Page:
BERLIN (Reuters) – German business morale fell by more than expected in November as a trade dispute between China and the United States weighed on Germany’s export sector and hurt the economy.
The Munich-based Ifo economic institute said on Monday its business climate index fell for the third month in a row to 102.0. This was lower than a Reuters consensus forecast of 102.3.
“Sentiment among German businesses weakened further this month,” said Ifo chief Clemens Fuest. “Companies scaled back their assessments of the current business situation albeit from a high level. Their business expectations also clouded over.”
He added that the economy would grow by 0.3 percent in the fourth quarter at most after contracting by 0.2 percent in the July-September period.
Reciprocal tariffs on goods imposed by the world’s two largest economies are hurting German companies that manufacture in both countries and export in both directions across the Pacific.
The tariffs are not only dampening the business outlook but are starting to leave their mark on Europe’s economic powerhouse, which has long depended on exports for growth.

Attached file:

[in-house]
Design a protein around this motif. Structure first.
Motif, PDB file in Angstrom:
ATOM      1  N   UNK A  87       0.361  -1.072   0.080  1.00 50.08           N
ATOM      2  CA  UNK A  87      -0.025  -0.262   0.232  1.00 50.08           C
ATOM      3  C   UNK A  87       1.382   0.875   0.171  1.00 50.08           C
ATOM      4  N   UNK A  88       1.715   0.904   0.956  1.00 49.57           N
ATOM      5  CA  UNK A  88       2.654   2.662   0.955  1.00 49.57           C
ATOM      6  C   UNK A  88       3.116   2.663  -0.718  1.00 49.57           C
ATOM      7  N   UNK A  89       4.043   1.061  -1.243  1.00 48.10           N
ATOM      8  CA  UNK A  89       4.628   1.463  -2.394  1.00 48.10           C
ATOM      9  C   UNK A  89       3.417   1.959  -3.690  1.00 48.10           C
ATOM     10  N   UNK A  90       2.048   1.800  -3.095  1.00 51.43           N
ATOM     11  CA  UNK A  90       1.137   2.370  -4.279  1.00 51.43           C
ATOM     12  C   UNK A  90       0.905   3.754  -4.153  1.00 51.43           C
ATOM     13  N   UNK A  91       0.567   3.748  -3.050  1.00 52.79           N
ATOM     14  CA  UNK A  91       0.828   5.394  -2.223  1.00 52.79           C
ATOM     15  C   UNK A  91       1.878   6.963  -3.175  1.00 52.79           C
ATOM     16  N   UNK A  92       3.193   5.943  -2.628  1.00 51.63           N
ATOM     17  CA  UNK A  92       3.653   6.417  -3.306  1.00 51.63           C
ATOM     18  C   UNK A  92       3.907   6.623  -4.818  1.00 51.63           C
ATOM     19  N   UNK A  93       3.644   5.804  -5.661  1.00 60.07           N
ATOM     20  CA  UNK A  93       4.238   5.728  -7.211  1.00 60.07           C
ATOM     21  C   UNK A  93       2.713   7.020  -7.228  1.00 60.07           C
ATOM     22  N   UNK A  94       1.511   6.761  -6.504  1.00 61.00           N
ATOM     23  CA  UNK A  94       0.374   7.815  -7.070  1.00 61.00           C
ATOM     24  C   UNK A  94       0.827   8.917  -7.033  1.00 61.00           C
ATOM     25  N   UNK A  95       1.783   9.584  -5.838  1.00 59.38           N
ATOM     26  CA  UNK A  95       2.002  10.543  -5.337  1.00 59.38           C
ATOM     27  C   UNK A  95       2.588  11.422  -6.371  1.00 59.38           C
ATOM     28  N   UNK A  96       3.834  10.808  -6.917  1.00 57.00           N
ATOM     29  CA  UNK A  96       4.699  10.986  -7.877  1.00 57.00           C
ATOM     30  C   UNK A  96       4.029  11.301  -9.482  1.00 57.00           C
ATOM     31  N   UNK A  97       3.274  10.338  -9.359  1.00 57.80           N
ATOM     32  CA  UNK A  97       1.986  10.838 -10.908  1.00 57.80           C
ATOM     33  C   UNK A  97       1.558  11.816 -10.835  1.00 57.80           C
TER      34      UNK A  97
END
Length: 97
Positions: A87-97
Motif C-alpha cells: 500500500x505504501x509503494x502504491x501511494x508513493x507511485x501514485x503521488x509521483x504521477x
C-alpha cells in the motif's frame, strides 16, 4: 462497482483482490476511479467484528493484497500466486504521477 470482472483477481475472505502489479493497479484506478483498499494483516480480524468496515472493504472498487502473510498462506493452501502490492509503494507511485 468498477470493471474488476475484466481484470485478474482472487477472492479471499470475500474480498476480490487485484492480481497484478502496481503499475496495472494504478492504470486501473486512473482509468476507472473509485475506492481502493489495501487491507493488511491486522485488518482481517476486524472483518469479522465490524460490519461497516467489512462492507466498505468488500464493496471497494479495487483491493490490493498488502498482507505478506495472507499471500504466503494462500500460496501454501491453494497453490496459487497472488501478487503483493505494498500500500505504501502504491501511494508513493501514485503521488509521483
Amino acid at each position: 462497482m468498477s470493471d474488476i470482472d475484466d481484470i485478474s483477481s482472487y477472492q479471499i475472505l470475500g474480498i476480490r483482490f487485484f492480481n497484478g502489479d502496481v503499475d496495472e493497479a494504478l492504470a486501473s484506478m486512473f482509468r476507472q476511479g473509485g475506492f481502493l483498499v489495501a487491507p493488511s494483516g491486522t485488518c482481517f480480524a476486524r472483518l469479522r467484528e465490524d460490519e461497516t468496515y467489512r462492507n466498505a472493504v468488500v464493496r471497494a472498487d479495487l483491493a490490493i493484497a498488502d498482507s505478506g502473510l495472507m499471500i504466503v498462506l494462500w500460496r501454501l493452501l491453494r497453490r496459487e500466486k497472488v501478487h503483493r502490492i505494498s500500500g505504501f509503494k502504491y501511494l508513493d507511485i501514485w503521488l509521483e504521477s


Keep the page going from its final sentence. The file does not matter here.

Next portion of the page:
Data last week showed that weaker exports were the primary driver behind the first quarterly contraction since 2015 and economists said there are clear signs that German growth was slowing.
“The index’s fall is somewhat alarming,” Uwe Burkert of LBBW wrote in a note. “It was generally expected that the economic weakness of the third quarter would be corrected with a firmly positive growth figure in the fourth quarter.”
He added: “That optimistic picture has been damaged by today’s numbers.”
Detailed July-September GDP data on Friday showed exports fell 0.9 percent on the quarter while imports rose 1.3 percent, with net trade knocking a full percentage point off growth. This translated into a third quarter contraction of 0.2 percent.
German private sector growth also hit its lowest level in November in nearly four years as factories churned out goods at a slower pace and activity in services also ebbed, a IHS Market survey showed last week.
(Reporting by Joseph Nasr and Rene Wagner; Editing by Paul Carrel and Matthew Mpoke Bigg)